Assembly Language

What Is an Assembly Language?

An assembly language is a type of low-level programming language that is intended to communicate directly with a computer’s hardware. Unlike machine language, which consists of binary and hexadecimal characters, assembly languages are designed to be readable by humans.

Low-level programming languages such as assembly language are a necessary bridge between the underlying hardware of a computer and the higher-level programming languages—such as Python or JavaScript—in which modern software programs are written.

Key Takeaways

  • An assembly language is a type of programming language that translates high-level languages into machine language.
  • It is a necessary bridge between software programs and their underlying hardware platforms.
  • Assembly language relies on language syntax, labels, operators, and directives to convert code into usable machine instruction.
  • Assembly language may pass through single-pass or multi-pass assemblers, each with specific uses and benefits.
  • Today, assemble languages are rarely written directly, although they are still used in some niche applications such as when performance requirements are particularly high.

How Assembly Languages Work

Fundamentally, the most basic instructions executed by a computer are binary codes, consisting of ones and zeros. Those codes are directly translated into the “on” and “off” states of the electricity moving through the computer’s physical circuits. In essence, these simple codes form the basis of “machine language,” the most fundamental variety of programming language.

Of course, no human would be able to construct modern software programs by explicitly programming ones and zeros. Instead, human programmers must rely on various layers of abstraction that can allow themselves to articulate their commands in a format that is more intuitive to humans.

Specifically, modern programmers issue commands in so-called “high-level languages,” which utilize intuitive syntax such as whole English words and sentences, as well as logical operators such as “and,” “or,” and  “else” that are familiar to everyday usage.

Ultimately, however, these high-level commands need to be translated into machine language. Rather than doing so manually, programmers rely on assembly languages whose purpose is to automatically translate between these high-level and low-level languages. The first assembly languages were developed in the 1940s, and though modern programmers and modern natural language processors spend very little time dealing with assembly languages, they nevertheless remain essential to the overall functioning of a computer. 

During the early days of computing, systems programming and application programming would both take place entirely in assembly language. Without assembly languages, many modern computers and higher-level languages we use today would not have been possible.

Components of Assembly Language


When writing any code in any program language, there is an observable, specific order of rules that must be followed to allow a compiler to execute the code without error. These rules are defined as the syntax, and they contain criteria such as the maximum number of allowable characters, what characters code lines must start with, or what certain symbols "i.e. a semi-colon" means.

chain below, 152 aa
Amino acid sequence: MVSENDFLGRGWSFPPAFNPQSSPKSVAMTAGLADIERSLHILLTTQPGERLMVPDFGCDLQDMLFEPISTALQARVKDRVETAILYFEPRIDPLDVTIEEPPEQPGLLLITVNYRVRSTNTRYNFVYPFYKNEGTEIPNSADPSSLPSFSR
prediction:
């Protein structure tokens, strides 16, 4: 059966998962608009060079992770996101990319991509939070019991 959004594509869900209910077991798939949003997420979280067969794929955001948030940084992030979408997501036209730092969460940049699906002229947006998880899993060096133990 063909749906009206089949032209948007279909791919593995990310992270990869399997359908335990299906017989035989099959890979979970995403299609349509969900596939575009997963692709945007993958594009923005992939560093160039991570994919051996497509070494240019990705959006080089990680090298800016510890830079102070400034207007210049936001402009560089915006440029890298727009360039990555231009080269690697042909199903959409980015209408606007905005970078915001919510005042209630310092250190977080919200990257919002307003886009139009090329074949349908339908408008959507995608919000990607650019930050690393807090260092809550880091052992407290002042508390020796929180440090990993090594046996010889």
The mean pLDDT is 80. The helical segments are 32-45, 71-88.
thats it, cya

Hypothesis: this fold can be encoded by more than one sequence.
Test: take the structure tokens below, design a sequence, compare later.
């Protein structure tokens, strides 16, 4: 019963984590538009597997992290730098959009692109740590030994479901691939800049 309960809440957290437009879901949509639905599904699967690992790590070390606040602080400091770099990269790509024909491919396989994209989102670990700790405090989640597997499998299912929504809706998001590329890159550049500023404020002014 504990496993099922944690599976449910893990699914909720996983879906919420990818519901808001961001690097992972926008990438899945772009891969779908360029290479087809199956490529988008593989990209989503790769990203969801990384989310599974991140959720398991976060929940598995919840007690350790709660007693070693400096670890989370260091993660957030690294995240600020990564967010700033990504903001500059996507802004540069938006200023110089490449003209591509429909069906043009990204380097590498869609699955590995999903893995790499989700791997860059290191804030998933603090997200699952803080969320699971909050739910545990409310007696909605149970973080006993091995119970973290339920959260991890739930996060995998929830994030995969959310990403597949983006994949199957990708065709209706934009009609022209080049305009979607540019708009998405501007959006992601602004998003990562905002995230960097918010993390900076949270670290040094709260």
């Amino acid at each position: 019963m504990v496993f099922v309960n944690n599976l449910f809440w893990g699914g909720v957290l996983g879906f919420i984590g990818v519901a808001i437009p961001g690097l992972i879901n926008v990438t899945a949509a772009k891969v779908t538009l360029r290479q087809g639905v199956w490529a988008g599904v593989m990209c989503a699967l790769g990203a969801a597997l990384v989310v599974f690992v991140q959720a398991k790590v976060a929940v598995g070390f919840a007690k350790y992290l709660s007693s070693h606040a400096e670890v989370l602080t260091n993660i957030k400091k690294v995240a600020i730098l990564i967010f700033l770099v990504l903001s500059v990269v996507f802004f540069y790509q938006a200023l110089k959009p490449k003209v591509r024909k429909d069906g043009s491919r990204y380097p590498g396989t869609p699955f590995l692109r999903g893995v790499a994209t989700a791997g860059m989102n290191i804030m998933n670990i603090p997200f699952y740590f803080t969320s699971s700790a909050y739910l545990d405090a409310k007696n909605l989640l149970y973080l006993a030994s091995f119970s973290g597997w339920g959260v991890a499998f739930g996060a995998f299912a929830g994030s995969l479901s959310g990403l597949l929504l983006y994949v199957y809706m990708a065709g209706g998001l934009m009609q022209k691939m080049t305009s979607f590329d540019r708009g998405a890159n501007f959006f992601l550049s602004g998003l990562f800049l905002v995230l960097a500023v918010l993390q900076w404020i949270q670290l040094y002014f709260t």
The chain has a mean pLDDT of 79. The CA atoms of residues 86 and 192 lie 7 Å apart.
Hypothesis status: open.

A label is a symbol that represents the address where an instruction or data is stored. It's purpose is to act as the destination when referenced in a statement. Labels can be used anywhere an address can be used in assembly languages. A symbolic label consists of an identifier followed by a colon, while numeric labels consist of a single digital followed by a colon.


Also referred to as commands, operators are logical expressions that occur after the label field. In addition, it must be preceded by at least one white-space character. Operators can either be opcode or directive. Opcode correspond directly to machine instructions, and the operation code includes any register name associated with the instruction. Alternatively, directive operation codes are instructions known by the assembler.


Directives are instructions to the assembler that tell what actions must take place during the assembly process. Directives have the importance of declaring or reserving memory for variables; these variables can be recalled later in processes to perform more dynamic functions. Directives are also used to break programs into different sections.


An assembly language macro is a template shoe format presents a series or pattern of statements. This sequence of assembly language statements might be common to multiple different programs. A macro facility is used to interpret macro definitions, while a macro call is inserted into the source code where "normal" assembly code would have gone instead of the macro set of statements.


A mnemonic is an abbreviation for an operation. A mnemonic is entered into the operation code for each assemble program instruction to specify a shortened "opcode" that represents a larger, complete set of codes. For example, the mnemonic "multiply by two" has a full set of code that carries out the mnemonic.

High-Frequency Trading

Today, assembly languages remain the subject of study by computer science students, in order to help them understand how modern software relates to its underlying hardware platforms. In some cases, programmers must continue to write in assembly languages, such as when the demands on performance are especially high, or when the hardware in question is incompatible with any current high-level languages.